The parties do not dispute that when petitioner was placed on probation in February 2020, former section 1203.1 allowed the superior court to impose probation for five years. (Former § 1203.1, subd. (a).) Assembly Bill 1950 subsequently amended section 1203.1 to limit the probation term for felony offenses to two years, except in two circumstances. The first exception, for violent felonies, is not relevant here; the second exempts from the two-year limit any "offense that includes specific probation lengths within its provisions." ( § 1203.1, subd. (l)(1) ; Assem. Bill 1950, § 2.) The question in this case is whether section 191.5(b) should be treated as an offense that includes a five-year probation term within its provisions because the Vehicle Code expressly authorizes five years of probation for driving-under-the-influence offenses that are lesser included offenses of section 191.5(b). (See Pen. Code, § 191.5 ; Veh. Code, §§ 23152, 23153, 23600.)

298 Cal.Rptr.3d 623

The People maintain, and the trial court concluded, that reading Assembly Bill 1950 to limit petitioner's probation term to two years would be an absurd result because then the lesser included offenses would carry longer probation terms than the greater offense, which the Legislature could not have intended. The People also contend that if Assembly Bill 1950 applies to shorten petitioner's probation term, the matter should be remanded to the superior court to allow the People or the court to withdraw agreement to the plea bargain.

For the reasons that follow, we agree with petitioner that Assembly Bill 1950 shortens her probation term to two years, and disagree with the People that remand is required to allow the plea agreement to be revisited.

A. Petitioner's probation term is limited to two years under Assembly Bill 1950

As a preliminary matter, we consider whether the ameliorative amendatory provision of Assembly Bill 1950 applies retroactively to individuals such as petitioner who are currently serving a term of probation. We conclude, pursuant to In re Estrada (1965) 63 Cal.2d 740, 48 Cal.Rptr. 172, 408 P.2d 948 ( Estrada ), that it does, and note that the People did not argue otherwise in their return to the order to show cause. Although petitioner was convicted before Assembly Bill 1950 became effective, she remains on probation so her case is not " ‘final’ " for purposes of retroactivity under Estrada . (See People v. McKenzie (2020) 9 Cal.5th 40, 46–47, 259 Cal.Rptr.3d 224, 459 P.3d 25.) While we acknowledge that the retroactivity of Assembly Bill 1950 is currently under review by our Supreme Court in People v. Prudholme (Aug. 26, 2021, E076007), 2021 WL 3781712 (nonpub. opn.), review granted November 1, 2021,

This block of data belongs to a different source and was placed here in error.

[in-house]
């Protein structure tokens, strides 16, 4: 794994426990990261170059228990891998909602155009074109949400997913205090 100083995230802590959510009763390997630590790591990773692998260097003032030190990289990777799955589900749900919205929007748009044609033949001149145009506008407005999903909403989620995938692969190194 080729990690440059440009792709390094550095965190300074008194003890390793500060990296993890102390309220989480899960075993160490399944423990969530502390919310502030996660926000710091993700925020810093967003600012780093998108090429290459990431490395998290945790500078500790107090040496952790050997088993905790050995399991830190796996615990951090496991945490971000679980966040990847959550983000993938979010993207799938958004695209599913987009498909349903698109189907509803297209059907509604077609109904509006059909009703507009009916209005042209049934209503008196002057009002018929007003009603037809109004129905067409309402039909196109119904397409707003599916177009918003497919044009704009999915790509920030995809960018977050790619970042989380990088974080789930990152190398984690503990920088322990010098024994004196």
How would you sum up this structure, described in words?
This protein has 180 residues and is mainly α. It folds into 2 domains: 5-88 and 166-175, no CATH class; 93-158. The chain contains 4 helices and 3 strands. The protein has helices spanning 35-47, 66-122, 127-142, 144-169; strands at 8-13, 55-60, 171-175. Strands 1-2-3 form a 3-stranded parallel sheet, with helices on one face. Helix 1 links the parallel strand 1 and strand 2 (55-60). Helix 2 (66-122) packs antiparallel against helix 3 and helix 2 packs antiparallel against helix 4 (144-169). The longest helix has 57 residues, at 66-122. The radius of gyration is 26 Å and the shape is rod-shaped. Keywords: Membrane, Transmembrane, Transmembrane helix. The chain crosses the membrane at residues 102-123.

82 Cal.App.5th 741

S271057 ( Prudholme ), we agree with the many published opinions holding that the two-year felony probation limitation in Assembly Bill 1950 is retroactive to probationers such as petitioner whose convictions are, in this manner, not yet final. (See, e.g., People v. Arreguin (2022) 79 Cal.App.5th 787, 794, 295 Cal.Rptr.3d 195 ; People v. Butler (2022) 75 Cal.App.5th 216, 291 Cal.Rptr.3d 1, review granted June 1, 2022, S273773 ( Butler ); People v. Scarano (2022) 74 Cal.App.5th 993, 290 Cal.Rptr.3d 121, review ordered on Court's own motion June 1, 2022, S273830 ( Scarano ); People v. Lord (2021) 64 Cal.App.5th 241, 246, 278 Cal.Rptr.3d 642 ; People v. Stewart (2021) 62 Cal.App.5th 1065, 1074, 277 Cal.Rptr.3d 247, review granted and cause transferred April 20, 2022, S268787 ( Stewart )2 ; People v. Sims (2021) 59 Cal.App.5th 943, 955–964, 273 Cal.Rptr.3d 792.)

We accordingly must decide whether the new two-year limit on felony probation applies to petitioner's conviction for section 191.5(b), or whether instead the exception for offenses that include specific probation lengths within their provisions allows for a five-year probation term. The question is one of statutory interpretation, which we review de novo. (See People v. Tran (2015) 61 Cal.4th 1160, 1166, 191 Cal.Rptr.3d 251, 354 P.3d 148.) In interpreting statutes, we begin with the statutory

298 Cal.Rptr.3d 624

text, keeping in mind that the fundamental goal is to ascertain and carry out the intent of the Legislature. ( People v. Cruz (1996) 13 Cal.4th 764, 782, 55 Cal.Rptr.2d 117, 919 P.2d 731.) The words of a statute generally provide the most reliable indicator of legislative intent. ( Diamond Multimedia Systems, Inc. v. Superior Court (1999) 19 Cal.4th 1036, 1046–1047, 80 Cal.Rptr.2d 828, 968 P.2d 539 ( Diamond Multimedia ).) If there is no ambiguity in the text, we " ‘presume the Legislature meant what it said and the plain meaning of the statute governs.’ " ( Ibid. )

We begin by examining petitioner's crime of conviction and related provisions of the Vehicle Code. Penal Code section 191.5(b) defines "[v]ehicular manslaughter while intoxicated" as, in...